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Conservation of our built heritage and of ancient monuments is carried out throughout the world.  The work ranges from major sites such as the Mayan cities in South America, to the remains of small vernacular structures in Britain. For many years the approach to stone buildings and monuments tended to be to use 'more durable materials' in order to resist the ravages of the elements.  Unfortunately this was a very misguided approach and the use of hard weather-resistant stone or cement grouts  have often caused major problems and damage to the original fabric.  Stone can be a very sensitive material and insertion of materials which may alter the physical or chemical balances which have built up over the years, can cause irreparable damage to the structure.

A policy of 'like for like' replacement should be used when possible, as should an approach which would allow the removal of any repair should it cause deterioration of the original fabric.

In order to undertake sympathetic restoration or conservation, it is necessary to fully understand both the nature of the original materials and the changes which have taken place in them.  In stone buildings this involves not only a study of all the different stones used, but also the mortars which were both used originally and which may have been added later.  Furthermore, where deterioration of stonework has been found, it is necessary to accurately identify the reason for that deterioration.  To merely repair the damage without rectifying the cause, would merely allow the degradation to continue in the original fabric.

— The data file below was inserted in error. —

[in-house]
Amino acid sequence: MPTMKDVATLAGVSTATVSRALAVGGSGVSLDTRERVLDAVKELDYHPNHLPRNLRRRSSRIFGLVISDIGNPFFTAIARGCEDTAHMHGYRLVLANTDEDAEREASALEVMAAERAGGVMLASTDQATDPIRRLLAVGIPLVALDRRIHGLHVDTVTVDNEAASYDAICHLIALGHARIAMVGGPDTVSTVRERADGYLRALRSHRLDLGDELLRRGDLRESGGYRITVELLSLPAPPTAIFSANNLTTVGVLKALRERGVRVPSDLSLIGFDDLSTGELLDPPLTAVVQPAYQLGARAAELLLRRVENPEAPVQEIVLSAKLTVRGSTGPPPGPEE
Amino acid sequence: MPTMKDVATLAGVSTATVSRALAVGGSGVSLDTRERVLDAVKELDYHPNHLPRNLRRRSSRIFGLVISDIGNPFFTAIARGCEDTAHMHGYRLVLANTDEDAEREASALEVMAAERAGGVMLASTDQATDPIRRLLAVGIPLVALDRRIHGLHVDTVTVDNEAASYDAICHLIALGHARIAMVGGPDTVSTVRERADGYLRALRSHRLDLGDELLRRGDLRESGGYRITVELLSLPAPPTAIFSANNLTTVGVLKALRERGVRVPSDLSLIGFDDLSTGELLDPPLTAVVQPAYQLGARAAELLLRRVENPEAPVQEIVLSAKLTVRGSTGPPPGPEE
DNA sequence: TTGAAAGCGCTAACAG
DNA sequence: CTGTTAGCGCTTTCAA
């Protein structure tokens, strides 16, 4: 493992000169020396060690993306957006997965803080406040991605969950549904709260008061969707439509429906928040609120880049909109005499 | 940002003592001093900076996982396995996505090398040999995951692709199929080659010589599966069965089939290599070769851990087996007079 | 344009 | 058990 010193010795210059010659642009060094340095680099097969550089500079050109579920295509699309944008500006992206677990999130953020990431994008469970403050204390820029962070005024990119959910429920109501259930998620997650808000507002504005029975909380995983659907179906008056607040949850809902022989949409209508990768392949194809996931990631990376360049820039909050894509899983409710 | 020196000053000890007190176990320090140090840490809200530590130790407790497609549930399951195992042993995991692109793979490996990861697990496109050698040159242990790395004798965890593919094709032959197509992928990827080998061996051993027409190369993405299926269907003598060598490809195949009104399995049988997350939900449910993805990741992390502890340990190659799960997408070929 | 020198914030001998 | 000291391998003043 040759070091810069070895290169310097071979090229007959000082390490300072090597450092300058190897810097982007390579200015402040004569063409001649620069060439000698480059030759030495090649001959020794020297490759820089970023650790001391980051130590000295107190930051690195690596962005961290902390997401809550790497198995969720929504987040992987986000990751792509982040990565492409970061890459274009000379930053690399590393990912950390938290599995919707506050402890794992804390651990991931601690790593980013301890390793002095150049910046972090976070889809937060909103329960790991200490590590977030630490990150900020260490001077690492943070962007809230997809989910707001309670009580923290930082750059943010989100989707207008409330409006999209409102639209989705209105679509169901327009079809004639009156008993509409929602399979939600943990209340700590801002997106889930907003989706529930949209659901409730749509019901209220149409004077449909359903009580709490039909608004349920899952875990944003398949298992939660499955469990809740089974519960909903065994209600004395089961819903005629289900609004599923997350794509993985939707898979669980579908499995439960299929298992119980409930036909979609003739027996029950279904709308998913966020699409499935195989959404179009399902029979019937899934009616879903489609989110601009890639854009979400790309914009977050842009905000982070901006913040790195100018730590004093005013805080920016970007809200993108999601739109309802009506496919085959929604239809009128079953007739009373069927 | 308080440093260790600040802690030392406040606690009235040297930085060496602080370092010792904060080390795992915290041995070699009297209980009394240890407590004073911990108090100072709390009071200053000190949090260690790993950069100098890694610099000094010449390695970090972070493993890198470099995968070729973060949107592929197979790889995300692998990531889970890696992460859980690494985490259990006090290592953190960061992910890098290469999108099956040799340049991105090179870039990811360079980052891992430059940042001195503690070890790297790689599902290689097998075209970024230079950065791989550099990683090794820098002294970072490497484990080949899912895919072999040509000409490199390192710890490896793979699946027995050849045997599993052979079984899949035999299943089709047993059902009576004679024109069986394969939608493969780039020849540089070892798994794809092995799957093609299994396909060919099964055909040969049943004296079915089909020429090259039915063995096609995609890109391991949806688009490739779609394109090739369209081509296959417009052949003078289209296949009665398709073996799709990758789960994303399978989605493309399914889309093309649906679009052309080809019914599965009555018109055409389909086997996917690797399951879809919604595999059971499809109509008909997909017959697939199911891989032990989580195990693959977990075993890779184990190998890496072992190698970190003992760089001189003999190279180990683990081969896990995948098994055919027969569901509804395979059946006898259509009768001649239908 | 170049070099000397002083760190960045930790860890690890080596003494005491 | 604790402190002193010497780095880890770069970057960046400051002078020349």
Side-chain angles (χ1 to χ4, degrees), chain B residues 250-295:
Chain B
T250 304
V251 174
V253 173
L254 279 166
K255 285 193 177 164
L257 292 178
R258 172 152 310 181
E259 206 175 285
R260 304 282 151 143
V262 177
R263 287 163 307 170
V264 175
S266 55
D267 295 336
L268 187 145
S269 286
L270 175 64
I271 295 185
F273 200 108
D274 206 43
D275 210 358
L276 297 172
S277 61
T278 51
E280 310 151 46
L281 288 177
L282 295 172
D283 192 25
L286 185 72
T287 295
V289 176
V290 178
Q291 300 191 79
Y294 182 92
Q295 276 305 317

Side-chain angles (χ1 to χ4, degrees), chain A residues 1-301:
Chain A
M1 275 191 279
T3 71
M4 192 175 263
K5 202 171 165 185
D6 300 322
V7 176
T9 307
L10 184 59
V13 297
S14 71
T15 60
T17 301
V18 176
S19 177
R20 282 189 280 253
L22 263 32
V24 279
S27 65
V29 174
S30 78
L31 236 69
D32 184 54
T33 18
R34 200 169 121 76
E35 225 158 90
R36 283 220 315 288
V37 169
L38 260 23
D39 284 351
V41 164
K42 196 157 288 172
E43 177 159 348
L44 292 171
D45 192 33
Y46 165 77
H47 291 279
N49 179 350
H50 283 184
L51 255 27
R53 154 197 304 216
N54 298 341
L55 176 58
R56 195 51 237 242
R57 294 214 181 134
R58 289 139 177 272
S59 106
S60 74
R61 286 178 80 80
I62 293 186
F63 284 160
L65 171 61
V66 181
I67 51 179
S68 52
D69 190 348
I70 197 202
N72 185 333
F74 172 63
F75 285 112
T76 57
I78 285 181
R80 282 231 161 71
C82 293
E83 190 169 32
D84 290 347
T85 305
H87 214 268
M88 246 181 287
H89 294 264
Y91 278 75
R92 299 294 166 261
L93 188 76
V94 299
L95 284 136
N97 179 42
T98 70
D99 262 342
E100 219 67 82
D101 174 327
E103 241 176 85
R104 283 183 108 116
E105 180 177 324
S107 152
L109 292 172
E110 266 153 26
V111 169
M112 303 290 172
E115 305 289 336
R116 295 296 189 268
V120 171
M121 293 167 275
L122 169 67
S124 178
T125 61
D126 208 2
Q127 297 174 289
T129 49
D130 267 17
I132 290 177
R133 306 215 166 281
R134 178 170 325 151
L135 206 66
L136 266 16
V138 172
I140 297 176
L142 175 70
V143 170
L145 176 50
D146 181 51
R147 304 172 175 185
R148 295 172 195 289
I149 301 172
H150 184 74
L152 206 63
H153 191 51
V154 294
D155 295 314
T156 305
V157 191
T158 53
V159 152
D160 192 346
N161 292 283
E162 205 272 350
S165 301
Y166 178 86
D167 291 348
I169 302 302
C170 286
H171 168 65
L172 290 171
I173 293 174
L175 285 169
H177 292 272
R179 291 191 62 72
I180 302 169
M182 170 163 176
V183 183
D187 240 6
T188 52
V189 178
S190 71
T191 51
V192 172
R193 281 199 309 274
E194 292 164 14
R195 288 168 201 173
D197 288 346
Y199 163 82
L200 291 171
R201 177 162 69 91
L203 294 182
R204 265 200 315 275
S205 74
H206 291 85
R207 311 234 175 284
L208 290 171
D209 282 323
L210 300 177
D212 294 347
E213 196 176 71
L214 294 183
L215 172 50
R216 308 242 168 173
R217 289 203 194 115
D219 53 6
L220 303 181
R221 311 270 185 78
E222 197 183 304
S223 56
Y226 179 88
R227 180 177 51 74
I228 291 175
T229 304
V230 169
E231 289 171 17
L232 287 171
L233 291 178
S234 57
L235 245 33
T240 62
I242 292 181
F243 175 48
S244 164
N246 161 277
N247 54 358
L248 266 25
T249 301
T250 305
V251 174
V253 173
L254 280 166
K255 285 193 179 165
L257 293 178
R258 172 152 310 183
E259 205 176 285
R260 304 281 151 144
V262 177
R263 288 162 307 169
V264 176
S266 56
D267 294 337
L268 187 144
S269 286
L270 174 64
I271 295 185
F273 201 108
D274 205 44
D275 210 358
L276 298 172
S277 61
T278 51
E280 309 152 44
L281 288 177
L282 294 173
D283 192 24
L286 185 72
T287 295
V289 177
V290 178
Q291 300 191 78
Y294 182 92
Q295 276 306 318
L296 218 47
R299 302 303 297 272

Characterising the stonework of a building or a monument can involve a range of techniques, from simple petrographic studies to chemical analyses and the use of the environmental scanning electron microscope to determine the nature of chemical and mineralogical changes occurring in areas, perhaps only a few microns in diameter. We have been undertaking such studies for a number of years, providing information and advice both to national conservation organisations and to architects and conservators.  Once the nature of the stone and the mechanisms causing its deterioration have been determined, replacement material of often required.  Ideally this should be the original stone.

Identification of original sources and the temporary re-opening of the quarry, is now a procedure which we organise on a relatively regular basis. 

Please contact us for further information on the services we can provide.

Mail: enquiries@jeffersonconsulting.co.uk